top of page

What is Blue Tongue?

Bluetongue (BT) is a non-contagious, viral disease that affects domestic and wild ruminants, such as sheep, cattle, goats, buffalo, antelope, deer, elk and camels. It is transmitted by insects, particularly biting midges of the Culicoides species.

Blue Tongue is also refered to as Sore Muzzle, Muzzle Disease, Pseudo Foot-n-Mouth Disease.

The virus which causes BT is a member of the Reoviridae family. Twenty-four (24) different serotypes have been identified and the ability of each strain to cause disease varies considerably.

The severity of disease also varies among different species with symptoms being most severe in sheep resulting in deaths, weight loss and disruption in wool growth. In highly susceptible sheep, morbidity can be as high as 100%. The average mortality is from 2-30% but can be as high as 70%.

BT is a disease listed under the OIE Terrestrial Animal Health Code and must be reported to the World Organisation for Animal Health (as per the OIE Terrestrial Animal Health Code).

Transmission and spread

Transmission between animals is via insects. The insects become infected with BT virus after ingesting blood from infected animals and then transmits it to another ruminant. Uninfected insects cannot spread the disease from animal to animal.

BT virus transmission can occur throughout the year and particularly during rainy periods.

The virus has been found in semen from infected rams and can be transmitted to susceptible ewes, but this risk is not significant. The virus can also be transferred through the placenta to the fetus.

The BT virus is not transmitted through contact with animals, wool or consumption of milk. There is no public health risk associated with BT.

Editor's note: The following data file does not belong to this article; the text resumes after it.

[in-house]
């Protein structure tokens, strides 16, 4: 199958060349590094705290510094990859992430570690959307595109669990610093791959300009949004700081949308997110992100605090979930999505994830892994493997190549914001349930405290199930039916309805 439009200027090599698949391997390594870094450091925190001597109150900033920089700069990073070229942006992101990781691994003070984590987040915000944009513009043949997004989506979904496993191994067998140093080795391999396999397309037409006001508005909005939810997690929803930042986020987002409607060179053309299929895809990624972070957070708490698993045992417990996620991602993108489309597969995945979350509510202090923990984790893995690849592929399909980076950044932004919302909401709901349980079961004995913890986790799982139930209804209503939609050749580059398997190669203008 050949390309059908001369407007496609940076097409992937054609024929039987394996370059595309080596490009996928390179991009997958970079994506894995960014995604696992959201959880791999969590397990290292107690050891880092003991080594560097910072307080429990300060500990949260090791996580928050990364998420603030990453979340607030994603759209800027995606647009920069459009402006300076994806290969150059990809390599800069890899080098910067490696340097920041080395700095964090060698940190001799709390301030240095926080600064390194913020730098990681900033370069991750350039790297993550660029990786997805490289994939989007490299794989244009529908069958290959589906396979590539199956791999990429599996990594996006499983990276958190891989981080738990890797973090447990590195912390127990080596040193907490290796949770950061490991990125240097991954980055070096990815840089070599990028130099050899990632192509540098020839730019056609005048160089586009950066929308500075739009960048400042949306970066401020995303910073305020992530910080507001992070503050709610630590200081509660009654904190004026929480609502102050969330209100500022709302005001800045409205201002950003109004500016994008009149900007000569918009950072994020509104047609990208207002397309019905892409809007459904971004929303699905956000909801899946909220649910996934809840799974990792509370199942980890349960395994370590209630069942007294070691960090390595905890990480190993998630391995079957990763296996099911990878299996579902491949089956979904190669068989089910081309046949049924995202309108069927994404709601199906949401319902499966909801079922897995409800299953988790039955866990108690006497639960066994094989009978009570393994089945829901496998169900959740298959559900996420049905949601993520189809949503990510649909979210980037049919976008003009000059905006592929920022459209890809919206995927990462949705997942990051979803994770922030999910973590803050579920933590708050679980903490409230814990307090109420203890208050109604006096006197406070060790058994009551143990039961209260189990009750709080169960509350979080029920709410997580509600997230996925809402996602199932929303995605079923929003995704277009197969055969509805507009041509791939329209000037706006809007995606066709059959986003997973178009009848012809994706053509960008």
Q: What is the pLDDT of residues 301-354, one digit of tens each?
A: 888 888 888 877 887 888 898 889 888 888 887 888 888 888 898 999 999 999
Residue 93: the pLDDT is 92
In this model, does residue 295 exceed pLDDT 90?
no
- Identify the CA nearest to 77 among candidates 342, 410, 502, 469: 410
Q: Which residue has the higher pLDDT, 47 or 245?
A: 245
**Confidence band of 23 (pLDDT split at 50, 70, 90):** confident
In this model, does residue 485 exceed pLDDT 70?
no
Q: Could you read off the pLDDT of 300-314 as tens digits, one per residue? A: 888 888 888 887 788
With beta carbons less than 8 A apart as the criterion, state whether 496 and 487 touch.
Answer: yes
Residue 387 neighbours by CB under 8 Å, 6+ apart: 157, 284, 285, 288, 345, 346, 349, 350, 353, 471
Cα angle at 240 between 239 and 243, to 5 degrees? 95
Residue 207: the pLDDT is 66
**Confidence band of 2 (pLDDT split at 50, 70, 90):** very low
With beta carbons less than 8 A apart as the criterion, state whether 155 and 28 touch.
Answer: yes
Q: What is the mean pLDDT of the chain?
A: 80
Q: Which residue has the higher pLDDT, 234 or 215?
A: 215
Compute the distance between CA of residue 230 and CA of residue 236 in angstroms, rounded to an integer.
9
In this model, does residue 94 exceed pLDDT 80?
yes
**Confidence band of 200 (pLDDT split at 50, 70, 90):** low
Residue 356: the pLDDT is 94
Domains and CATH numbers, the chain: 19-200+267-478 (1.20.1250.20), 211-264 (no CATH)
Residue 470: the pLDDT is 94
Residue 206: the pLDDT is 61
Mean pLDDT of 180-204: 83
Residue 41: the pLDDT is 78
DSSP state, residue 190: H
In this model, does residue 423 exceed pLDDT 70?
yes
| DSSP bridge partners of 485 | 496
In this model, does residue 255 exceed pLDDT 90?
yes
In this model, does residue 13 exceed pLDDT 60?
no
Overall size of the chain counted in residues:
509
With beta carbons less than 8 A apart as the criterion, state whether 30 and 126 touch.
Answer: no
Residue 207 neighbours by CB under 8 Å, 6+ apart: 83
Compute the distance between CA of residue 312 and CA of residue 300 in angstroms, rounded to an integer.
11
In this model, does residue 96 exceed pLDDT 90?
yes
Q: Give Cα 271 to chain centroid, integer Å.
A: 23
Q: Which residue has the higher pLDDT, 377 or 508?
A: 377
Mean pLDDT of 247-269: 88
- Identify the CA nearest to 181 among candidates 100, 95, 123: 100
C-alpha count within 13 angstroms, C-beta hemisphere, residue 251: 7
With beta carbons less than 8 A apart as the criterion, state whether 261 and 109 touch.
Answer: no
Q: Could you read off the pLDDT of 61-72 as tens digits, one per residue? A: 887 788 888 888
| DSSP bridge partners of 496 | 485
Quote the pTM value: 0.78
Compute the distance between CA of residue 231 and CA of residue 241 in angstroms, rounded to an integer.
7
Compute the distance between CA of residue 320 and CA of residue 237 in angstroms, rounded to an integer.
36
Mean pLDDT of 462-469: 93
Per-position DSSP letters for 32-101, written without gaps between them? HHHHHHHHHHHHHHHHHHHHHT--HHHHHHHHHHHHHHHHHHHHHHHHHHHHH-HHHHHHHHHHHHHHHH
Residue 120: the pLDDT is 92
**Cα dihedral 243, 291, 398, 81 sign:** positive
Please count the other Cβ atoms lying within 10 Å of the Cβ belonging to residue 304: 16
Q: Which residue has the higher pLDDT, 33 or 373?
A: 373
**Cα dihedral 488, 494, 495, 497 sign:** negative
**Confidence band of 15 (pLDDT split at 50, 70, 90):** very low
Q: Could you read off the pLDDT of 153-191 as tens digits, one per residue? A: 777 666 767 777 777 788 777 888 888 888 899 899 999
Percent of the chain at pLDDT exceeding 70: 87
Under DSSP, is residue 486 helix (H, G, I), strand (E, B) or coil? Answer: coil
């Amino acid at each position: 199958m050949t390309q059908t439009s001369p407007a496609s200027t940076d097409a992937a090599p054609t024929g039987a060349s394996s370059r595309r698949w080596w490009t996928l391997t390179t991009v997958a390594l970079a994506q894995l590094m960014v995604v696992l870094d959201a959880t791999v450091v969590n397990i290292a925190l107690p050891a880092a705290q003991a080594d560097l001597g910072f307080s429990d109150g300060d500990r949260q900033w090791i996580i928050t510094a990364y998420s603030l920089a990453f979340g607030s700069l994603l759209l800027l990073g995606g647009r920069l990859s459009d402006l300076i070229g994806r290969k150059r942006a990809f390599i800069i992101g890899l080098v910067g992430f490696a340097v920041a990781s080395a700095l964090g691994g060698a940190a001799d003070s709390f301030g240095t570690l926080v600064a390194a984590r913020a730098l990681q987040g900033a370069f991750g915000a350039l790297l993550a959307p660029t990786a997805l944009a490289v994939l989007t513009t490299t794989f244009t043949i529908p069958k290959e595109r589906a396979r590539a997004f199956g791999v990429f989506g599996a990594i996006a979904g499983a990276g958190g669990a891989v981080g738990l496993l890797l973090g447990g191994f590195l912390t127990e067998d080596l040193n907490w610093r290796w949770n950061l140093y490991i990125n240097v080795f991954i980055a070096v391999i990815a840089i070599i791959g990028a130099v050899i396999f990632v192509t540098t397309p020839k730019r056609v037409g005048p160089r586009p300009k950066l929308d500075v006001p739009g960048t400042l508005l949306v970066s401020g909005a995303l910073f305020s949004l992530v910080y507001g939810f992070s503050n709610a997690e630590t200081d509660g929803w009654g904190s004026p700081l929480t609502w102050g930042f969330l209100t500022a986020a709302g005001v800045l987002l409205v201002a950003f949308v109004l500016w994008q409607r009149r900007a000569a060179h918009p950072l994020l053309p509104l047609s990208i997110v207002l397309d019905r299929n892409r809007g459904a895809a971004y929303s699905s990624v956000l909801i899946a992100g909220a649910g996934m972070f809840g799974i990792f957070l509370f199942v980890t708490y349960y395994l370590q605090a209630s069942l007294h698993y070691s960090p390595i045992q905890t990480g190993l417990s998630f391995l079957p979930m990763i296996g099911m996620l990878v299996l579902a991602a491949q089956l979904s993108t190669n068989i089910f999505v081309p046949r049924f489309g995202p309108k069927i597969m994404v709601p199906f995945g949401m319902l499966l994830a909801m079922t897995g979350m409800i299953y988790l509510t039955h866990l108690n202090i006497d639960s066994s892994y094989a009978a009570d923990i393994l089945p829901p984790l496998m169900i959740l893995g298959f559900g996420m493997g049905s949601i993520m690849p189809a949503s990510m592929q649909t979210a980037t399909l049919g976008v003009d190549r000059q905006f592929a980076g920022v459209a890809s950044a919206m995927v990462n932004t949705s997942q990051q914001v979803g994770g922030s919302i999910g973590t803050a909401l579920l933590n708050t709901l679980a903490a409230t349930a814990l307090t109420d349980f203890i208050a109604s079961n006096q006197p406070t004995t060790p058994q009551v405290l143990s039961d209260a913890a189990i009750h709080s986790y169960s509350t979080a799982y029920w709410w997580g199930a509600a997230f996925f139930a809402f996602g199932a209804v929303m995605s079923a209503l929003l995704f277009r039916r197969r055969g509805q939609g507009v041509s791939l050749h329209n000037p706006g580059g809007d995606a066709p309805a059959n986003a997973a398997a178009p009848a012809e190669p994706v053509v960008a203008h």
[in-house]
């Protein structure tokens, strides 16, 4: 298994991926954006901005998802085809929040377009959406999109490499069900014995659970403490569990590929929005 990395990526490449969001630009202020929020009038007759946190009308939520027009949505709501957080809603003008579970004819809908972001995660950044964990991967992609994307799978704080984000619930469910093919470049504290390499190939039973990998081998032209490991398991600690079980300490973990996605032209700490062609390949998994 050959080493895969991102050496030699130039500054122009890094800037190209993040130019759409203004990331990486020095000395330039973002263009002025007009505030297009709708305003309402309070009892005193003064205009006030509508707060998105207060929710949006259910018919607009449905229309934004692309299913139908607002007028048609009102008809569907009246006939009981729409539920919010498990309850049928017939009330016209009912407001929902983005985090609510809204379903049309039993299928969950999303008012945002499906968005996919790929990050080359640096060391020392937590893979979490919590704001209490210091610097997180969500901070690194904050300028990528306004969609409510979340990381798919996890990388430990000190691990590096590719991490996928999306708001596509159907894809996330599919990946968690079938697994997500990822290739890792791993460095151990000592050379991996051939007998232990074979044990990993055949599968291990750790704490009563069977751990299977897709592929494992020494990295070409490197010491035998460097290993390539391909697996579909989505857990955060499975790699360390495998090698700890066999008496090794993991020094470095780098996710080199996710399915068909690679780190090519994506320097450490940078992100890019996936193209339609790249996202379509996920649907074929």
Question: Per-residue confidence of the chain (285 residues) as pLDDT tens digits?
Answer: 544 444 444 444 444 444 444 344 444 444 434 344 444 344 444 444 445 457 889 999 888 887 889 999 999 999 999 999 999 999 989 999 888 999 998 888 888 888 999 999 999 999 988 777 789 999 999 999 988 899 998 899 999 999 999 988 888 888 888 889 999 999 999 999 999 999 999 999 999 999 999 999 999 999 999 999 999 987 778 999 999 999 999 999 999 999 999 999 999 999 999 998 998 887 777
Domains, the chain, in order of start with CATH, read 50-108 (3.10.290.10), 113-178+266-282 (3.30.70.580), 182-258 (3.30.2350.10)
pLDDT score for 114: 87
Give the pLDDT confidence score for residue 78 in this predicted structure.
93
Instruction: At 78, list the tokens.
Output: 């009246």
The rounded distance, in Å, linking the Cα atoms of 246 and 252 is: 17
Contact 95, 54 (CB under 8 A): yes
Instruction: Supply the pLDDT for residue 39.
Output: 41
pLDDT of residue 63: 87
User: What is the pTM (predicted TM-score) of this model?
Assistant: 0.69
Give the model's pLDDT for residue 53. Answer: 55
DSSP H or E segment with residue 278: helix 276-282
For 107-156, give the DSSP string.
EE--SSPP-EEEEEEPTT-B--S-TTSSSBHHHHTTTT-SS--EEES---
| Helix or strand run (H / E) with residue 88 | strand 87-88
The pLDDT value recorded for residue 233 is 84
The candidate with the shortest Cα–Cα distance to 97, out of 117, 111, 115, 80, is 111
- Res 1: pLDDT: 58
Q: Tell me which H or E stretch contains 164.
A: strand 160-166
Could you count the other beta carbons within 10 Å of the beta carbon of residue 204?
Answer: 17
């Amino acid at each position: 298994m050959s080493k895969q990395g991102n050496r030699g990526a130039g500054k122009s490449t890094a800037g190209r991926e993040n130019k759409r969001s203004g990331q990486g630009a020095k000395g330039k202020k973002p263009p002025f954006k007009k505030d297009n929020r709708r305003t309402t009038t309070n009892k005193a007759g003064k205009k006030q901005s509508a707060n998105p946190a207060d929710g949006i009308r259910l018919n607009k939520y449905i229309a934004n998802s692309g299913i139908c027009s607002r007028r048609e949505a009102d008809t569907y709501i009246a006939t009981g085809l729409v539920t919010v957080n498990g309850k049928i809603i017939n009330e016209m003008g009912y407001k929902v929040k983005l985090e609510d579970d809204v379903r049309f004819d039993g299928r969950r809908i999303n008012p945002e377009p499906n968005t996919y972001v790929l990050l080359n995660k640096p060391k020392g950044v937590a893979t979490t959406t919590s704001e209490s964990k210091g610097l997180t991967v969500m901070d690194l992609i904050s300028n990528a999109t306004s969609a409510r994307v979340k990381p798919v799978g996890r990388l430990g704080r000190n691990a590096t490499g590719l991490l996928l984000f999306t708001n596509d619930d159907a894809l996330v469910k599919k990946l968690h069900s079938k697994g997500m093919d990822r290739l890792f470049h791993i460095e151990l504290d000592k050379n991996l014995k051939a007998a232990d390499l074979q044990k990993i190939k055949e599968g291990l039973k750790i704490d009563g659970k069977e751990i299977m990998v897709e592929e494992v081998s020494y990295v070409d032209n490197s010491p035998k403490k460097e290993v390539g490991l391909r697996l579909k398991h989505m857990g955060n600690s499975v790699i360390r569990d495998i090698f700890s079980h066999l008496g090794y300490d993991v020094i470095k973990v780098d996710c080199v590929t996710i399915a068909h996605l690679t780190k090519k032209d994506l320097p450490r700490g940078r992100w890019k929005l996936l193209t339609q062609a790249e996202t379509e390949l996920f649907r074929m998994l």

Clinical Signs of Blue Tongue

Clinical signs vary and can include:

  1. Fever

  2. Hemorrhages and ulcerations of the oral and nasal tissue

  3. Excessive salivation and nasal discharge

  4. Swelling of lips, tongue, and jaw

  5. Inflammation of the coronary band (above the hoof)

  6. Lameness

  7. Weakness

  8. Depression

  9. Weight loss

  10. Profuse diarrhea and vomiting

  11. Pneumonia

  12. ‘Blue’ tongue as a result of cyanosis (rare)

  13. Abortion

  14. 'Wool break' in wool growth in recovering sheep. This can result in partial or complete loss of wool

There are foci of bulbar and palpebral conjunctival hemorrhage.

Swelling and sores around mouth and tongue

Inflammation and bruising of the coronet band, causing lameness


BT may be suspected based on typical clinical signs, prevalence of possible infected insects, and areas where the disease is endemic.

Download PDF • 324KB

Prevention and control

In endemic areas, there are monitoring programs that actively sample animals for presence of the virus. This is in combination with active surveillance programs to identify location, distribution and prevalence of insect vectors in an area. Control measures can be implemented in a timely fashion such as:

  1. Identification, surveillance and tracing of susceptible and potentially infected animals

  2. Quarantine and/or movement restrictions during insect activity period

  3. Vaccination

  4. Insect control measures.

Vaccination is the most effective and practical way to minimize losses related to the disease and to interrupt the cycle from infected animal to insect. The vaccine must be designed to provide protection against the specific strain (or strains) of virus of concern in a particular area.

Geographical distribution

Fact Sheet - Bluetongue - Canadian Food Inspection Agency (

BT is present worldwide, including Africa, Asia, Australia, Europe, North America and several islands in the tropics and subtropics. The virus is maintained in areas where the climate will allow biting midges to survive over winter. Currently, most of Canada is disease-free of Blue Tongue, but due to climate changes, there is a risk of this changing.

Bluetongue |

There are more than 1000 species of Culicoides species but less than 20 are considered competent vectors of BT virus. The geographical distribution of the insect vector species therefore generally limits the distribution of the disease.

Generally, sheep found in areas where the disease is endemic are naturally resistant to BT. Outbreaks occur when susceptible sheep, particularly European breeds are introduced to endemic areas, or when the virus is introduced to a region by windborne movement of infected Culicoides. Occurrence of BT generally parallels vector activity surging during periods of high temperature and rainfall and subsiding with the first frost or severe cold weather.


The Center for Food Security and Public Health, Iowa State University

Merck Veterinary Manual


Recent Posts

See All
bottom of page